Several years later, Urza’s Saga lands were given the foil treatment and pressed into service as Arena promos, starting a new line. The Urza’s Saga Arena foils were distributed in 1999 and at the beginning of 2000. When Mercadian Masques came out, new Arena foils featuring Masques artwork debuted; these are subtly different from the booster-pack foil Masques basic lands, in that the “shooting star” at the bottom is smaller on the Arena foils. (Why smaller? I have no idea.)
Urza’s Saga and Mercadian Masques Arena foils, with a regular Mercadian Masques foil for comparison. Note the smaller star with tail ending higher on the Arena foil.
In 2001, the Arena foils went old-school, showcasing Ice Age art (which presumably cost Wizards of the Coast in paid-out royalties). December 2001 and February 2002 turned back the clock even more with foil renditions of a Beta Forest and Island, but this cycle was not completed for distribution.
Ice Age and Beta art, now with shiny goodness.
Starting in 2003 and continuing through the 2006 edition of Arena, new non-foil basic lands were given out featuring artwork depicting the setting of the current block but not seen elsewhere. Otaria in Dominaria was the subject of 2003 for Onslaught block, and the eponymous settings of Mirrodin, Kamigawa, and Ravnica took their turns in subsequent years. Noted Magic land artists Rob Alexander (Onslaught, a magnificent mural) and John Avon illustrated the complete sets for all years but 2005â€”when Don Thompson created five basic lands for Magic, the Kamigawa Arena lands, and never was heard from again. Only one other artist shares that Magic career quirk: Craig Mullins, who did a cycle for Time Spiral block.
Arena Swamps: 2003, 2004, 2005, 2006.
Unglued and Its Full-Art Successors
As a player, I have mixed feelings about Unglued and Unhinged, the “joke sets” of Magic. With their tiny built-in audience (established Magic players, English only because of translation difficulties) and the hit-and-miss nature of the humor, Unglued and Unhinged would not go beyond “cult hit” status, if that. Ten cards within the set, however, redeem it in my eyes: the full-art basic lands. The only black-bordered (and thus tournament-playable) cards in each set, the basic lands with their distinctive layouts were instant hits; unlike the novelty of mechanics such as six-sided dice and “Gotcha!”, the quirky lands had their own broader purpose in Magic.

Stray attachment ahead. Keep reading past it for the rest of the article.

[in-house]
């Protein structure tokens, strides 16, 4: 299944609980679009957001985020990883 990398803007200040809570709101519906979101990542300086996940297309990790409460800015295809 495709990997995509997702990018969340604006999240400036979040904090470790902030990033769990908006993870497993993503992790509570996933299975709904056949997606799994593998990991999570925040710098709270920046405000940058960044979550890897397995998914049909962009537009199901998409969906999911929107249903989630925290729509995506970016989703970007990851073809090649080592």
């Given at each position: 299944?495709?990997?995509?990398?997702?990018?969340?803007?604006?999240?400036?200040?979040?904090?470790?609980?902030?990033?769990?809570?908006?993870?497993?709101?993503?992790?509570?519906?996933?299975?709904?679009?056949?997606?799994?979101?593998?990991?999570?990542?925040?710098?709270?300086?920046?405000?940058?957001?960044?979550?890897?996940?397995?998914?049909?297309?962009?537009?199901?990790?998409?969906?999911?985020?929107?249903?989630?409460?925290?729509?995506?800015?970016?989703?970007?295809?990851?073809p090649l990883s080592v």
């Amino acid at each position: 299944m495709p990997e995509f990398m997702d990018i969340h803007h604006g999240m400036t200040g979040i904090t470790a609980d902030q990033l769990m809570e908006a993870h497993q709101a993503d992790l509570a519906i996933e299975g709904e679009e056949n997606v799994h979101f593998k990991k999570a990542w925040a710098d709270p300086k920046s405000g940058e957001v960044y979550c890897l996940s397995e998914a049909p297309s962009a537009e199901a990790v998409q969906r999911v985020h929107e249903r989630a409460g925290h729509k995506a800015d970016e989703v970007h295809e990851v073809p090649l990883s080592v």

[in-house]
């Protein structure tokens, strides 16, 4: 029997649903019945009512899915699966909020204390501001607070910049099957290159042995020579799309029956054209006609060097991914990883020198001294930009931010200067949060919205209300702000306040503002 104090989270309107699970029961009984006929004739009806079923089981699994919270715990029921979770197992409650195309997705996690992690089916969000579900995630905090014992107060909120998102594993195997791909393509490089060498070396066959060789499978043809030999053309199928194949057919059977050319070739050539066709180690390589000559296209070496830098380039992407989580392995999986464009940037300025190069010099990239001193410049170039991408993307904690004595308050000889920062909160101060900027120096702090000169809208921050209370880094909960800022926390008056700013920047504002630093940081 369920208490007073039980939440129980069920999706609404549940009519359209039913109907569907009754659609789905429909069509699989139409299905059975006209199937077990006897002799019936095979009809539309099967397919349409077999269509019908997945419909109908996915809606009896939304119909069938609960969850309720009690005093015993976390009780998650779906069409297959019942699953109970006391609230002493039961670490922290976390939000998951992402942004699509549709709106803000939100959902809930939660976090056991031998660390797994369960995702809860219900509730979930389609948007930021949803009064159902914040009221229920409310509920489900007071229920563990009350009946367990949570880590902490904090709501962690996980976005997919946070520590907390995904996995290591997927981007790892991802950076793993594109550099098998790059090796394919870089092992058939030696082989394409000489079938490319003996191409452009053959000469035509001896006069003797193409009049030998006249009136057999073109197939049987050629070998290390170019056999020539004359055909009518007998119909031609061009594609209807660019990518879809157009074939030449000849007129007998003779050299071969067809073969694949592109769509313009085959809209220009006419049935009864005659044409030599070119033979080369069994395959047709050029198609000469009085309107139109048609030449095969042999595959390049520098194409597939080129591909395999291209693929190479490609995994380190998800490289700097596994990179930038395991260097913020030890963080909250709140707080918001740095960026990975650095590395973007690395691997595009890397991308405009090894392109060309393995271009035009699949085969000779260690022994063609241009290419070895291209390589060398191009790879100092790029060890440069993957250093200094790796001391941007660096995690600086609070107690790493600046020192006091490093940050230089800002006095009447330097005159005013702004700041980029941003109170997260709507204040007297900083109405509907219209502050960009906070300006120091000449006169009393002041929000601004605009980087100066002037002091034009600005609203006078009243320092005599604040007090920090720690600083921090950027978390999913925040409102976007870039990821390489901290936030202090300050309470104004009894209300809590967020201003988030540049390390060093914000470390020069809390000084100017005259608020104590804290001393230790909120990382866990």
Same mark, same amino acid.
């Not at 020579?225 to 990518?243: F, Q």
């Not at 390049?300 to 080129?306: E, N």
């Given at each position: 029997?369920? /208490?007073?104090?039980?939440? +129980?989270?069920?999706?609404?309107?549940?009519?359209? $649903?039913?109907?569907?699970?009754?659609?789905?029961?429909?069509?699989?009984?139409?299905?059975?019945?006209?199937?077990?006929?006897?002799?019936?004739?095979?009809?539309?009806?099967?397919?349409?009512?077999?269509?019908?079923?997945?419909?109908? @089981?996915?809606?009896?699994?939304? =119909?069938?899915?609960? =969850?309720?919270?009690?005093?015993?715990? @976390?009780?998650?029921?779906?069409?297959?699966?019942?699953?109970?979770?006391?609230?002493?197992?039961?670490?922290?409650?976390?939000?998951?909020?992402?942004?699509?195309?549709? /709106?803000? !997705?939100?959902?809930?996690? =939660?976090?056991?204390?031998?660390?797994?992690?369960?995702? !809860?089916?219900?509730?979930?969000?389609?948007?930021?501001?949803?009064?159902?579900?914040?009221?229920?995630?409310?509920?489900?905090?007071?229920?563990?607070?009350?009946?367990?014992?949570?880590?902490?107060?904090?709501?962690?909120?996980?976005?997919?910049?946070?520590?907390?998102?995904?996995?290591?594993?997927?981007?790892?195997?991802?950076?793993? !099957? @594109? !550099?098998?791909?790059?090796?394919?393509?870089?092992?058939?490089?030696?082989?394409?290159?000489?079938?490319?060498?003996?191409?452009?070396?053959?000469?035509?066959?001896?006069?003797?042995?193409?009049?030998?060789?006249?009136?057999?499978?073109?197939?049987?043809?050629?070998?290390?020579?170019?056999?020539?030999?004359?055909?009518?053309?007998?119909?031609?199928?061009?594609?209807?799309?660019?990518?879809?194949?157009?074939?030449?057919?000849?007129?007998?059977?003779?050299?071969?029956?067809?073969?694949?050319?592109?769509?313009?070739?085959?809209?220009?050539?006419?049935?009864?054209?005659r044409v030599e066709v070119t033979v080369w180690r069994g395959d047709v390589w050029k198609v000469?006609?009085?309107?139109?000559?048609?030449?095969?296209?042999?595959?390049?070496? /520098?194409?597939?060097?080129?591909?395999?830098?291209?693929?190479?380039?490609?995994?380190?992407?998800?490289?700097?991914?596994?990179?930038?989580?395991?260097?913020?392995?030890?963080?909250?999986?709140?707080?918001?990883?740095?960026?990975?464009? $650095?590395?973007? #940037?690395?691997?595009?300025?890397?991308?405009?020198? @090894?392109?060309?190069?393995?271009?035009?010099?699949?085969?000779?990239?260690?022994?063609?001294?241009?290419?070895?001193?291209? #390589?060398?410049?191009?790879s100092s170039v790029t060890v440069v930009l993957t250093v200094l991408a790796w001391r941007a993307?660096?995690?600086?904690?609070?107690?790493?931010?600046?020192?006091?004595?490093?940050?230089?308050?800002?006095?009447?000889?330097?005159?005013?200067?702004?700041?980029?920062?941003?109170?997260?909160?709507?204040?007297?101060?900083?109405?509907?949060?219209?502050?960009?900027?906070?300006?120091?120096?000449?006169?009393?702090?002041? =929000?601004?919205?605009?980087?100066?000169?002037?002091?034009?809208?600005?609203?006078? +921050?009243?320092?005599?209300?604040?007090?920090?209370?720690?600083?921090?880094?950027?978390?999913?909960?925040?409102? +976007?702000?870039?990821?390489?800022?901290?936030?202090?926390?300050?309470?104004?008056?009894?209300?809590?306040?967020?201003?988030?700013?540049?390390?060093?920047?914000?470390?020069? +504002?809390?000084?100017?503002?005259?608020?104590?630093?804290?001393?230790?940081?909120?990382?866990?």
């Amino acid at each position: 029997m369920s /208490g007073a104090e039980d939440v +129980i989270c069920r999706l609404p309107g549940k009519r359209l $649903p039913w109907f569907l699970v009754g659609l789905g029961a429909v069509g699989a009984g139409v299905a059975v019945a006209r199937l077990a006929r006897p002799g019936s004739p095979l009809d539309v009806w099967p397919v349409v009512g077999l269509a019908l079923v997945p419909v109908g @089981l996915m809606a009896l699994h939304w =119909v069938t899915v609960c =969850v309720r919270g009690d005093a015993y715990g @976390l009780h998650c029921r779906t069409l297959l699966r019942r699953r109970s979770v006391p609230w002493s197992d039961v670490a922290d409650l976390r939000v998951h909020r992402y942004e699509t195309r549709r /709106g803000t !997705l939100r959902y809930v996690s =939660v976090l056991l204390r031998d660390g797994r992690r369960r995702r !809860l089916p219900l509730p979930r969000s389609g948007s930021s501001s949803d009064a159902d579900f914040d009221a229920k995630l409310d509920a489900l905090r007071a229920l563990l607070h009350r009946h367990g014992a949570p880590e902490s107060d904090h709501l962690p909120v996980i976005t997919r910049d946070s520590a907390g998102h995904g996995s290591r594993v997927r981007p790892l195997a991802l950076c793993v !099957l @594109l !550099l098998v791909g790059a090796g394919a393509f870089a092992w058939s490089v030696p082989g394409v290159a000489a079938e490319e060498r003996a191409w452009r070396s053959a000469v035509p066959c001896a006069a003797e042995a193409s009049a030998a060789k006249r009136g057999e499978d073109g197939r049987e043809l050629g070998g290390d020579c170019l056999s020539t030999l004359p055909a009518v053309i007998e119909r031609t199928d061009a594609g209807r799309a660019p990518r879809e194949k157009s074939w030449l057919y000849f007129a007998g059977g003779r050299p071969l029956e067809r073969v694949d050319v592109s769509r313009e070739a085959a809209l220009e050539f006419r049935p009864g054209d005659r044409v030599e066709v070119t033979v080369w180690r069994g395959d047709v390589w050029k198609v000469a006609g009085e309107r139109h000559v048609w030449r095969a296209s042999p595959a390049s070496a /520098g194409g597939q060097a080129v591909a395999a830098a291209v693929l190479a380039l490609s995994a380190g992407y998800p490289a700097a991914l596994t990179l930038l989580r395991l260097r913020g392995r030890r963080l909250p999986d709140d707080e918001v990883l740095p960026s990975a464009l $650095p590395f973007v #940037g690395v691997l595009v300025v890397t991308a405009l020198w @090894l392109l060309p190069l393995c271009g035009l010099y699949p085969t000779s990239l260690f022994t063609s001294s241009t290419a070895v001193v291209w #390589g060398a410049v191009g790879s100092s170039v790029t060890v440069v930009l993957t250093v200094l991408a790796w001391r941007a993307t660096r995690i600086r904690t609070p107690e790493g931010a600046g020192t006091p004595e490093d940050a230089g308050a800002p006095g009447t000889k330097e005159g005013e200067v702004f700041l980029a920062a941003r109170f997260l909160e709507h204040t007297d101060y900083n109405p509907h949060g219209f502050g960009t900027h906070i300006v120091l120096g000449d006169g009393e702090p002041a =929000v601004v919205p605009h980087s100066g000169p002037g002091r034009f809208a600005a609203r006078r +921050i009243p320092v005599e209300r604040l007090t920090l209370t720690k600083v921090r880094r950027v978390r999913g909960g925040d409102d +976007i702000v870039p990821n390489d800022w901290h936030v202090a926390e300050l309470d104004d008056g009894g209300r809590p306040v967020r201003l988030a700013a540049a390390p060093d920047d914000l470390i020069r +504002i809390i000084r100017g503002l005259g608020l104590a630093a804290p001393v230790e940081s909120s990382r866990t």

The original Unglued lands debuted in 1998, and the Unhinged lands (with foil versions) bowed in 2004. Zendikar, noted as a “land-themed” set in too many Mark Rosewater articles to count, re-used the full-art basic land concept, winning over the “Acquisition-era” generation of fans who came to the game after Time Spiral block. The full-art basic lands are used only sparingly, but perhaps in a few years, their time will come again.
APAC Lands and Euro Lands
Both the Asia-Pacific (APAC) lands, released in 1998, and the Euro lands, keyed to booster-box purchases of sets released in 2000, were issued as five-card “packs” in color-coded cellophane. APAC lands were wrapped in blue, red, or clear plastic, while the Euro lands swapped purple plastic for the clear.
With the recent emphasis on avoiding real-world references (see: Runeclaw Bears and Day of Judgment for Grizzly Bears and Wrath of God), these land sets, released a couple of years apart but undeniably linked, never would fly today. I find it a shame, because the APAC (Asia-Pacific) and Euro lands, created for those Magic markets, are among the most visually arresting basic lands created. Instead of illustrating the wonders of never-existing worlds, they depict the beauty of our own. The APAC Plains cards, for example, depict Uluru in Australia, the Great Wall of China (one of two basic lands illustrated by Rebecca Guay), and sunflowers for Japan. I didn’t get the Japan connection on seeing the art, but sunflowers do grow well in Japan, and recent news stories in the Western media suggest that sunflowers are being used to decontaminate radioactive ground, which gives the art an entirely different resonance.
APAC Plains: red/Japan, blue/Australia, clear/China.
An important distinction between the Asia-Pacific and Euro land sets is that the Euro lands list the specific locales they depict. The most popular Euro land booster, red, has a plains depicting the Netherlands Lowlands (complete with windmill!) and the most expensive Euro land, the island depicting Venezia (or in English, Venice).